2.1 Analyse models of partnership working across the health and social care sector
2.2 Review current legislation and organisational practices and policies for partnership working in health and social care
2.3 Explain how differences in working practices and policies affect collaborative working
Structural integration in healthcare involves extending the scope of an organization’s activities, for instance, when hospital and primary care services become part of a single organization. In the some countries, integrated primary and secondary care are standard in many regions, with managed care organizations offering a broad scope of preventive, primary and secondary care. Medical specialists work alongside general practitioners in multidisciplinary medical groups, instead than being attached to specific hospitals. Doctors have rapid access to diagnostic services in the outpatient setting, thus many patients do not ask to remain in hospital. Integrating primary and secondary services in this way may improve health resource utilization and cut prices. Comparisons of the Kaiser Permanente model of integrated care in the US versus NHS models have found that integrated care is linked with more comprehensive and convenient primary care, more rapid access to specialist services and less usage of hospital services. In England the Early Support programme aimed to improve multiagency working for children aged up to three years with a disability.
Health and social care establishments are taking part in crime reduction partnerships in England. A review of crime reduction partnerships such as Drug and Alcohol Action Teams (DAATs),
Crime and Disorder Reduction Partnerships (CDRPs), Multi Agency Public Protection Arrangements (MAPPAs) and Youth Offending Teams (YOTs) found that differences in ethical and professional outlook were a major barrier to partnership working and were the least likely factor to be addressed in planning and policy.
Large-scale change has been attempted to input from the voluntary sector. For exemple, in Wales,
An innovative approach was shown to transform systems and services in deprived communities. ‘Top-down’ approaches have not been successful in reducing inequalities in health so the two areas in
Wales used a community development approach to confirm the change.
The NHS Local Improvement Finance Trust (LIFT) program developed partnerships between the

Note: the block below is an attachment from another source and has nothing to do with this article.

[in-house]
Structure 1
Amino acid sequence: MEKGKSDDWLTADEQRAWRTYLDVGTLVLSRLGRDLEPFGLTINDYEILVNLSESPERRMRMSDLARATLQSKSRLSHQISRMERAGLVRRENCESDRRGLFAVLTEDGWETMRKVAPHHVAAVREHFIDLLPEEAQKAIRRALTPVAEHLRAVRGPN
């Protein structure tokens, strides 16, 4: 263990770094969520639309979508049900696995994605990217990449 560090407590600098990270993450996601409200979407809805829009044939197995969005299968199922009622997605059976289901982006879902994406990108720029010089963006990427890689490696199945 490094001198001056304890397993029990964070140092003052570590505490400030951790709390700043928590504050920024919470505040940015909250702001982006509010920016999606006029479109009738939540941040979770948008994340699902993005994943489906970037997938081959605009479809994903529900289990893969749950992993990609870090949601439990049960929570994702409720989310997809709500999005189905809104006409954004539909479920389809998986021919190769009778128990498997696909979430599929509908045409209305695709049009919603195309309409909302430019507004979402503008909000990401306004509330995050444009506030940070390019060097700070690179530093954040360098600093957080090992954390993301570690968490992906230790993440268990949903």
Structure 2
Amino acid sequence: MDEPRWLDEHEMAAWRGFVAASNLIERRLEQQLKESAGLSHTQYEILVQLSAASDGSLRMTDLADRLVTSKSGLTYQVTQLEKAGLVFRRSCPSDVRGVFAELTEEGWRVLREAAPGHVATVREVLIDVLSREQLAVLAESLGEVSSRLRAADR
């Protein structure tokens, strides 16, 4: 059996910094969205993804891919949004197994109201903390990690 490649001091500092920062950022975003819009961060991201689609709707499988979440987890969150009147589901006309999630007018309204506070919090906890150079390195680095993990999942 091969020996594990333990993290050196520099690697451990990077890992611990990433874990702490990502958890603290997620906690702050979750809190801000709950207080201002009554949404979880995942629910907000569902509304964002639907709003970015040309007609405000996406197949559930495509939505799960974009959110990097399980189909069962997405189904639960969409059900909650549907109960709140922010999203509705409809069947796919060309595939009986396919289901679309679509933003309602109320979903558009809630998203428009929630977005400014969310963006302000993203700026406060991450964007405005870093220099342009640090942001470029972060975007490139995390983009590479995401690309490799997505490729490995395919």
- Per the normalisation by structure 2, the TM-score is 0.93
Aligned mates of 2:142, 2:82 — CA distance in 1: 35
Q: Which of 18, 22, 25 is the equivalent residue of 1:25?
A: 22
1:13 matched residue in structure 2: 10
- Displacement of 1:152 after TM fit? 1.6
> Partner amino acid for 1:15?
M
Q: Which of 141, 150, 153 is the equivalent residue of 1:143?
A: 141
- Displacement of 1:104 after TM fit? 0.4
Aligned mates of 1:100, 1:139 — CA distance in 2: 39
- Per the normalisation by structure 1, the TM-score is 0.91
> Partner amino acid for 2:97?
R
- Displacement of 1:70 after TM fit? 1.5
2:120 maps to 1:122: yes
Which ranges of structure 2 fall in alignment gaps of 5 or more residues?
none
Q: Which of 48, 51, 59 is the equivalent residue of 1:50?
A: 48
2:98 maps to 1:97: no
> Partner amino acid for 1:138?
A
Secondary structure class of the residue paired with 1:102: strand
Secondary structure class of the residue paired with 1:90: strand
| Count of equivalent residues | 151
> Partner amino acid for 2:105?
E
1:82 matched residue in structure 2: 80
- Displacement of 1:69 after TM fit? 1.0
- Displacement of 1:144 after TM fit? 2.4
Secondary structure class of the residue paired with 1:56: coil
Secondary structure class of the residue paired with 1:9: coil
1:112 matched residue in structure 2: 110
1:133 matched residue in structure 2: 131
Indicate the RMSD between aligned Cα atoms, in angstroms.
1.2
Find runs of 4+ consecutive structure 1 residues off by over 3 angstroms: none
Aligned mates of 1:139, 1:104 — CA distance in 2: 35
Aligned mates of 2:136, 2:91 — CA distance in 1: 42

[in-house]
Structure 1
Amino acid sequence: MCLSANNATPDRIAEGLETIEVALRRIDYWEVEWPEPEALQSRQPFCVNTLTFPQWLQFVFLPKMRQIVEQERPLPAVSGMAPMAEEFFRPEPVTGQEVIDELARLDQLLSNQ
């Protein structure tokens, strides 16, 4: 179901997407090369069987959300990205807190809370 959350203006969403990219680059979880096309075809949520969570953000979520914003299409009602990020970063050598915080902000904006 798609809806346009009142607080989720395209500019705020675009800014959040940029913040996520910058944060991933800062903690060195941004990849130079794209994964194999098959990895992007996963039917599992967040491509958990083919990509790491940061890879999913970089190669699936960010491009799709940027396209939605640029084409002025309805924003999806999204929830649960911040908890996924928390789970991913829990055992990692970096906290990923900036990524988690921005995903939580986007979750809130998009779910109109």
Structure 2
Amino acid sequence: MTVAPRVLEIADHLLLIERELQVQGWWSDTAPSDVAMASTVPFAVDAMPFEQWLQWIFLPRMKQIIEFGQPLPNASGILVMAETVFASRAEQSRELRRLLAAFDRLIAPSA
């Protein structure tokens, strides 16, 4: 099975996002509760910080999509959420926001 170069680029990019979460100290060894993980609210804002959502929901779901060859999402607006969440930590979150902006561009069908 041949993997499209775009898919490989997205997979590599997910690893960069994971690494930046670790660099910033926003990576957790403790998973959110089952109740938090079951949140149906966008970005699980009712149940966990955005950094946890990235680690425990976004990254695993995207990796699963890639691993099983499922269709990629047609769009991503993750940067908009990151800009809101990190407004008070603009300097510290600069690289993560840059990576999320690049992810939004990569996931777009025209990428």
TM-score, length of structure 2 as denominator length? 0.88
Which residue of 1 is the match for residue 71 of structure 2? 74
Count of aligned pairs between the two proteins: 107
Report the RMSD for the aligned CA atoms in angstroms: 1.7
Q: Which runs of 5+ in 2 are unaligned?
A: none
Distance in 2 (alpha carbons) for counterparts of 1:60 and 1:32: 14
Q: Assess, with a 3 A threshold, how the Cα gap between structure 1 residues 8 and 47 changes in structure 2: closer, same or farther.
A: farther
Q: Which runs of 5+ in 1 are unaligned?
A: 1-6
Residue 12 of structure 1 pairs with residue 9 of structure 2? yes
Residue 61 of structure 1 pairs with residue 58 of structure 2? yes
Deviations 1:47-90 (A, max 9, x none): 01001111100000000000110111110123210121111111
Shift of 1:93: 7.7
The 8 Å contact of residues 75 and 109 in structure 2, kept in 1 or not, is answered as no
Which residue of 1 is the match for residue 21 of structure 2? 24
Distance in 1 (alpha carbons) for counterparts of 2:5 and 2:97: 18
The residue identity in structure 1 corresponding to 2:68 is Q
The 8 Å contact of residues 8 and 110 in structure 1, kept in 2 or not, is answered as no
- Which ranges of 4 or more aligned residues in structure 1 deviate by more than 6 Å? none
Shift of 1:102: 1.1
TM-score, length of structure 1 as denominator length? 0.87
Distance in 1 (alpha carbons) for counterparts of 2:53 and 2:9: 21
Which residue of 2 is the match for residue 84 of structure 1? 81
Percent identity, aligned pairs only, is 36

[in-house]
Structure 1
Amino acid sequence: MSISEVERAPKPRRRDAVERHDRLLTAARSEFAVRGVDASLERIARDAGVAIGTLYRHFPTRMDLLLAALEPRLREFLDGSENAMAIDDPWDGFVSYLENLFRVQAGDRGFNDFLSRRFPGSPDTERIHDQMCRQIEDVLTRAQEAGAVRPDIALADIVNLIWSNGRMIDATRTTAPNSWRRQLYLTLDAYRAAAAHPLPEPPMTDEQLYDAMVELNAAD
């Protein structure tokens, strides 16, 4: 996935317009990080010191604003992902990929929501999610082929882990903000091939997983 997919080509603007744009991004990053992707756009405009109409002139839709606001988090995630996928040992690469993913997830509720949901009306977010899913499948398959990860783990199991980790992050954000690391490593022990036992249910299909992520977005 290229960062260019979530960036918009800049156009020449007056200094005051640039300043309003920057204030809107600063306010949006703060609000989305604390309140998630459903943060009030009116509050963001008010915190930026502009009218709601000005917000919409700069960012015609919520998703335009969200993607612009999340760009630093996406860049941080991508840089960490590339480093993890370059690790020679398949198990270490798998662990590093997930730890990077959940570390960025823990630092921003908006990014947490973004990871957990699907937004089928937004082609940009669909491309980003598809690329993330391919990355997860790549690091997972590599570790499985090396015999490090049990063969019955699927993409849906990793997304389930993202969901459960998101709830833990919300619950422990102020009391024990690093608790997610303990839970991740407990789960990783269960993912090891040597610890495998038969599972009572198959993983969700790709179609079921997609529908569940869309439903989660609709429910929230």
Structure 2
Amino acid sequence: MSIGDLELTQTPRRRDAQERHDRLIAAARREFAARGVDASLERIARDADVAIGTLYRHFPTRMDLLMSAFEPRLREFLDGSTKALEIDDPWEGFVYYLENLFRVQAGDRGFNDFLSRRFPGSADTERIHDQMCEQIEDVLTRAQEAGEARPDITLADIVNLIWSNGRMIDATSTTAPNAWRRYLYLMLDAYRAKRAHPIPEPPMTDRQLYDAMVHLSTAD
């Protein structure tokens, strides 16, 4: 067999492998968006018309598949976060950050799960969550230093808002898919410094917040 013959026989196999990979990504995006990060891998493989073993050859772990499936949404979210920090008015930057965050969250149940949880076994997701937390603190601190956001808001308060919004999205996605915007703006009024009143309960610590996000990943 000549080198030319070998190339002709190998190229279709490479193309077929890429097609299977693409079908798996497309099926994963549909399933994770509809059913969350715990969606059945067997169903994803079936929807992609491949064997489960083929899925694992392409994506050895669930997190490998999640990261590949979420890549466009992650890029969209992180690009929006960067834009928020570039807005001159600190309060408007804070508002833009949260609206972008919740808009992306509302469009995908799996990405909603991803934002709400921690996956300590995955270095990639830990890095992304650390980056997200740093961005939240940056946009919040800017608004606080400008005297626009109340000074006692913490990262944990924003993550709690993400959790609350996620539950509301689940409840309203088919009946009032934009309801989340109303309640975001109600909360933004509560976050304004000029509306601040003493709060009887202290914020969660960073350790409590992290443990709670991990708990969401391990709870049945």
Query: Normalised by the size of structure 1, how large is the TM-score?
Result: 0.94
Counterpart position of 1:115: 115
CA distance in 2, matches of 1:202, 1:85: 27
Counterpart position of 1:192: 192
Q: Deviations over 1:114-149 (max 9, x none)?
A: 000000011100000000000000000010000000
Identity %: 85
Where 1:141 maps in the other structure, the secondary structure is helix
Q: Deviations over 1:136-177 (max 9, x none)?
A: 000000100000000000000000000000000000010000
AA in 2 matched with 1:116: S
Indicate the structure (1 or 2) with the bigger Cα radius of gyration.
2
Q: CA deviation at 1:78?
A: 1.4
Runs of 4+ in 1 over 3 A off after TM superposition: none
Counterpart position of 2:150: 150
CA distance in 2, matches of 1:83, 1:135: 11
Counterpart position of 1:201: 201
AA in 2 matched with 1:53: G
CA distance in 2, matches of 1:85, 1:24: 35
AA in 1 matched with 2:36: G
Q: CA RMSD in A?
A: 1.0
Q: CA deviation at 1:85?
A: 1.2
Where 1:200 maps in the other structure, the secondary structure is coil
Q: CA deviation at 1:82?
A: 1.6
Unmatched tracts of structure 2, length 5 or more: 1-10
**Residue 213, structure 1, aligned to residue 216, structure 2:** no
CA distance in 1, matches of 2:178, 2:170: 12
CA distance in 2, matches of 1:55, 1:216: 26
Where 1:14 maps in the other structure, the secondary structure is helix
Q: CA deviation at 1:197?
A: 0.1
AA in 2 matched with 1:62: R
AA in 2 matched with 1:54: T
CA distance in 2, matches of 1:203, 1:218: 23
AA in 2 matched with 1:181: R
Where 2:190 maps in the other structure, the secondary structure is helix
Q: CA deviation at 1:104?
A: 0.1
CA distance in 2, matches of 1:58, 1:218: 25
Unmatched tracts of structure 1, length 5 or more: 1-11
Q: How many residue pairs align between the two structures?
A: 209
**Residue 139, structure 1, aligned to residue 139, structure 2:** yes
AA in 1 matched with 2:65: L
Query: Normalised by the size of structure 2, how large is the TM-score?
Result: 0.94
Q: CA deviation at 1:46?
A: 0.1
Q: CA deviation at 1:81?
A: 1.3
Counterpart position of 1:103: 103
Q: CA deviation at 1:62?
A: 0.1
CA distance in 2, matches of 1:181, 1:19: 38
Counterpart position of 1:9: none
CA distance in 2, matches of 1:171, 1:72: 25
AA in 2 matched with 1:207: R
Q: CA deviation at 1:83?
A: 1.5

Public and private sectors to increase investment in English primary care facilities. Here’s what the researchers establish that public and private sector organizations had different organizational cultures which impacted on joint working. Nevertheless, partners with LIFT organizations tended to work well together, with neither side dominating. It was significant to handle differences in organizational culture in order to nurture partnerships. Cross sector partnerships have also been tested at a strategic point in the area of health insurance and research.
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Cross sector work within health care takes place in a miscellany of ways, including joint working between organizations to supply a specific service and networking of systems for supporting improvement initiatives for teams drawn from multiple subjects or systems.Not only that, new staff roles that coordinate care or provide links or liaison between services and tools to support joint working such as integrated care pathways have been created.
There are many examples of different layers of the health sector working jointly to improve care. Partnerships between primary care and hospital services are getting more vulgar. Genetics services have traditionally been provided in specialist care, but there is a move to make these services more accessible through main care. But certia tough barriers such as deficiency of interest among primary care staff, national targets that focused the attention of primary care teams elsewhere and service structures are making genetics a peripheral business.I belive that joint training and direct communication between professionals helped to strengthen relationships. Practice nurses played a key liaison role between general practices and allied and community wellness services. Newspaper-based records acted as a roadblock to building relationships and sharing functions.
In order to bring in legislation and controlm Multi-Agency Risk Assessment Conferences (MARAC) were set up to support very high risk survivors of domestic violence. The MARACs aimed to provide ongoing communication between agencies and victims, risk assessments, advocacy to survivors and help in holding perpetrators to account. More than four in 10 survivors reported no further violence one year after the MARAC. Survivors said that having cross sector support was important once they were ready to change their situations.
Networking, either remotely or in person helps build clinical networks where they are been developed where multidisciplinary teams of healthcare providers work together to provide or evaluate care, cutting across organisational and professional boundaries.But with ICT and latest technology, y professionals working together day by day or more in ‘virtual’ teams, where care is coordinated across multiple professionals who remain in their distinct organisations.
There are many good examples of cross sector working between health and social care to deliver specific services in England. The National Service Framework for Older People requires health services and local authorities to agree on programs to promote wellbeing in older people. A valuation of one interagency health and social care team delivering health promotion in primary care found that multiagency partnerships have the potential to improve the quality of life of at-risk older people. Integrated care pilots were also set up in England to transform the way people experience wellness and social care. For illustration, one region in England sets up a multi agency team to sustain people with impaired sight. The team included staff the hospital sector, private sector, voluntary sector, teaching services and healthcare trust which generated a huge quantity of satisfaction, Health services worked with the voluntary sector to set up licensed community premises for early medical abortion. At an assessment appointment women were offered counselling, chlamydia testing and a contraceptive package. Partnership with the voluntary sector worked well to reduce stigma.